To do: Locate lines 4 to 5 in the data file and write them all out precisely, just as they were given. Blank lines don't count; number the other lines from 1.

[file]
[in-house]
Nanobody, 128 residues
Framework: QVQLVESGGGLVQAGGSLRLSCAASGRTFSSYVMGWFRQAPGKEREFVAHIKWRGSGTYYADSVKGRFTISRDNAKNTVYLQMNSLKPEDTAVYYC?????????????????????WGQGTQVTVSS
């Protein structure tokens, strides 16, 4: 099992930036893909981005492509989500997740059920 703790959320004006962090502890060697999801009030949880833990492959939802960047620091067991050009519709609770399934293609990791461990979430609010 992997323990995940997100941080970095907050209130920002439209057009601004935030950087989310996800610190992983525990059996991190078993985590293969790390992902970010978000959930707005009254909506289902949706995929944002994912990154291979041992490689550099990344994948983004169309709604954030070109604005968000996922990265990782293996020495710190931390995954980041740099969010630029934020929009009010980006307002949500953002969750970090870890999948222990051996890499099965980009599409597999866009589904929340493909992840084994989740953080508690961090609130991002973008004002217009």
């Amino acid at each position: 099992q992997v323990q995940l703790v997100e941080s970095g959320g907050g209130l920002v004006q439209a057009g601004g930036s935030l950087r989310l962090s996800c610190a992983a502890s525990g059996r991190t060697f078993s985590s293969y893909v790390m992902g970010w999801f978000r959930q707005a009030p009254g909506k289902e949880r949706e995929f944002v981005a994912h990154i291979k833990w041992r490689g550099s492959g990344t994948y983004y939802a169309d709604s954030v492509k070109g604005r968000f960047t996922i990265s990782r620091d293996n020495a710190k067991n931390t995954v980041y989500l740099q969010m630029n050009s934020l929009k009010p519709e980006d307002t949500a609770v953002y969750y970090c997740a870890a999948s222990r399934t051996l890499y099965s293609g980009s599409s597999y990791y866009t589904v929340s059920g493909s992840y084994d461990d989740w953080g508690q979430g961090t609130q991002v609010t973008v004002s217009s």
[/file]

């Protein structure tokens, strides 16, 4: 099992930036893909981005492509989500997740059920 703790959320004006962090502890060697999801009030949880833990492959939802960047620091067991050009519709609770399934293609990791461990979430609010 992997323990995940997100941080970095907050209130920002439209057009601004935030950087989310996800610190992983525990059996991190078993985590293969790390992902970010978000959930707005009254909506289902949706995929944002994912990154291979041992490689550099990344994948983004169309709604954030070109604005968000996922990265990782293996020495710190931390995954980041740099969010630029934020929009009010980006307002949500953002969750970090870890999948222990051996890499099965980009599409597999866009589904929340493909992840084994989740953080508690961090609130991002973008004002217009």
């Amino acid at each position: 099992q992997v323990q995940l703790v997100e941080s970095g959320g907050g209130l920002v004006q439209a057009g601004g930036s935030l950087r989310l962090s996800c610190a992983a502890s525990g059996r991190t060697f078993s985590s293969y893909v790390m992902g970010w999801f978000r959930q707005a009030p009254g909506k289902e949880r949706e995929f944002v981005a994912h990154i291979k833990w041992r490689g550099s492959g990344t994948y983004y939802a169309d709604s954030v492509k070109g604005r968000f960047t996922i990265s990782r620091d293996n020495a710190k067991n931390t995954v980041y989500l740099q969010m630029n050009s934020l929009k009010p519709e980006d307002t949500a609770v953002y969750y970090c997740a870890a999948s222990r399934t051996l890499y099965s293609g980009s599409s597999y990791y866009t589904v929340s059920g493909s992840y084994d461990d989740w953080g508690q979430g961090t609130q991002v609010t973008v004002s217009s």